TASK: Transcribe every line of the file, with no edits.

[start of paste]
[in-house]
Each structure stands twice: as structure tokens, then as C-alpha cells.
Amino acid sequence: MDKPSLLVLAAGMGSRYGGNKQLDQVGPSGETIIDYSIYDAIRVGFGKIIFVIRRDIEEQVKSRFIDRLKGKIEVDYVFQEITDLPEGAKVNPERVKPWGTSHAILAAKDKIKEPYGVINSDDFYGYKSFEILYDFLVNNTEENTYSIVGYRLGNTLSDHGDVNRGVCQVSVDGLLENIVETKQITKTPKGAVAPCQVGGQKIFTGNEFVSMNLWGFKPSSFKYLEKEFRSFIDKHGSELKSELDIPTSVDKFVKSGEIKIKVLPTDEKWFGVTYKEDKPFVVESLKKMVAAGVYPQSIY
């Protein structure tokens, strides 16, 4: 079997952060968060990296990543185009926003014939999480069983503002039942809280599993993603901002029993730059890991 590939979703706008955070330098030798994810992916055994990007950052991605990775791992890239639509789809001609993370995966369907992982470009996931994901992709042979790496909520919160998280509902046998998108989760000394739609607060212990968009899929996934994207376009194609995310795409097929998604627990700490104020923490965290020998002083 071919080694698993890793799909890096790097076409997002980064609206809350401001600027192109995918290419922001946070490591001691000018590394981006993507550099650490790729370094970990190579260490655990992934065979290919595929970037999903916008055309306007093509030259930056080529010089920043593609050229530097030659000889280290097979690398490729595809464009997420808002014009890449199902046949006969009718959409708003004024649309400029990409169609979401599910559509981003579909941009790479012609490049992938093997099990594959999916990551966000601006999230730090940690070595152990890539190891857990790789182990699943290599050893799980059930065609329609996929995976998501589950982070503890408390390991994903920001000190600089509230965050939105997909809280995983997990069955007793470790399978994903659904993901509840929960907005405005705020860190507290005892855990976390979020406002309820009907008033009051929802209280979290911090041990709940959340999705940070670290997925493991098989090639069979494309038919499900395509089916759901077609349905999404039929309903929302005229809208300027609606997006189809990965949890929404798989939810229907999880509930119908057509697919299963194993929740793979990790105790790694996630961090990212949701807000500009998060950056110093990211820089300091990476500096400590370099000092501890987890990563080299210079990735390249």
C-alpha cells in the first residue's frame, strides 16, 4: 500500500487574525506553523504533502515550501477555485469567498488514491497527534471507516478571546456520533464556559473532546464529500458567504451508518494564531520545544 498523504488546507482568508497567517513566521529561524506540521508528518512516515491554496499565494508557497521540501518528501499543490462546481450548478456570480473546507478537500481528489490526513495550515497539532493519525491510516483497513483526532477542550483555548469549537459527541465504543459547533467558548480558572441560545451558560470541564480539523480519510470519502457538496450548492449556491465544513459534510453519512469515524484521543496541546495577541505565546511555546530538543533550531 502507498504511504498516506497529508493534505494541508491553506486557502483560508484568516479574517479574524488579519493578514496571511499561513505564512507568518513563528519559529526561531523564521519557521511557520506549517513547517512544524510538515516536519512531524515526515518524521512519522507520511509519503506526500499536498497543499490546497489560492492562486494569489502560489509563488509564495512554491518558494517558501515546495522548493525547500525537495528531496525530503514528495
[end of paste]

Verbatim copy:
[in-house]
Each structure stands twice: as structure tokens, then as C-alpha cells.
Amino acid sequence: MDKPSLLVLAAGMGSRYGGNKQLDQVGPSGETIIDYSIYDAIRVGFGKIIFVIRRDIEEQVKSRFIDRLKGKIEVDYVFQEITDLPEGAKVNPERVKPWGTSHAILAAKDKIKEPYGVINSDDFYGYKSFEILYDFLVNNTEENTYSIVGYRLGNTLSDHGDVNRGVCQVSVDGLLENIVETKQITKTPKGAVAPCQVGGQKIFTGNEFVSMNLWGFKPSSFKYLEKEFRSFIDKHGSELKSELDIPTSVDKFVKSGEIKIKVLPTDEKWFGVTYKEDKPFVVESLKKMVAAGVYPQSIY
């Protein structure tokens, strides 16, 4: 079997952060968060990296990543185009926003014939999480069983503002039942809280599993993603901002029993730059890991 590939979703706008955070330098030798994810992916055994990007950052991605990775791992890239639509789809001609993370995966369907992982470009996931994901992709042979790496909520919160998280509902046998998108989760000394739609607060212990968009899929996934994207376009194609995310795409097929998604627990700490104020923490965290020998002083 071919080694698993890793799909890096790097076409997002980064609206809350401001600027192109995918290419922001946070490591001691000018590394981006993507550099650490790729370094970990190579260490655990992934065979290919595929970037999903916008055309306007093509030259930056080529010089920043593609050229530097030659000889280290097979690398490729595809464009997420808002014009890449199902046949006969009718959409708003004024649309400029990409169609979401599910559509981003579909941009790479012609490049992938093997099990594959999916990551966000601006999230730090940690070595152990890539190891857990790789182990699943290599050893799980059930065609329609996929995976998501589950982070503890408390390991994903920001000190600089509230965050939105997909809280995983997990069955007793470790399978994903659904993901509840929960907005405005705020860190507290005892855990976390979020406002309820009907008033009051929802209280979290911090041990709940959340999705940070670290997925493991098989090639069979494309038919499900395509089916759901077609349905999404039929309903929302005229809208300027609606997006189809990965949890929404798989939810229907999880509930119908057509697919299963194993929740793979990790105790790694996630961090990212949701807000500009998060950056110093990211820089300091990476500096400590370099000092501890987890990563080299210079990735390249």
C-alpha cells in the first residue's frame, strides 16, 4: 500500500487574525506553523504533502515550501477555485469567498488514491497527534471507516478571546456520533464556559473532546464529500458567504451508518494564531520545544 498523504488546507482568508497567517513566521529561524506540521508528518512516515491554496499565494508557497521540501518528501499543490462546481450548478456570480473546507478537500481528489490526513495550515497539532493519525491510516483497513483526532477542550483555548469549537459527541465504543459547533467558548480558572441560545451558560470541564480539523480519510470519502457538496450548492449556491465544513459534510453519512469515524484521543496541546495577541505565546511555546530538543533550531 502507498504511504498516506497529508493534505494541508491553506486557502483560508484568516479574517479574524488579519493578514496571511499561513505564512507568518513563528519559529526561531523564521519557521511557520506549517513547517512544524510538515516536519512531524515526515518524521512519522507520511509519503506526500499536498497543499490546497489560492492562486494569489502560489509563488509564495512554491518558494517558501515546495522548493525547500525537495528531496525530503514528495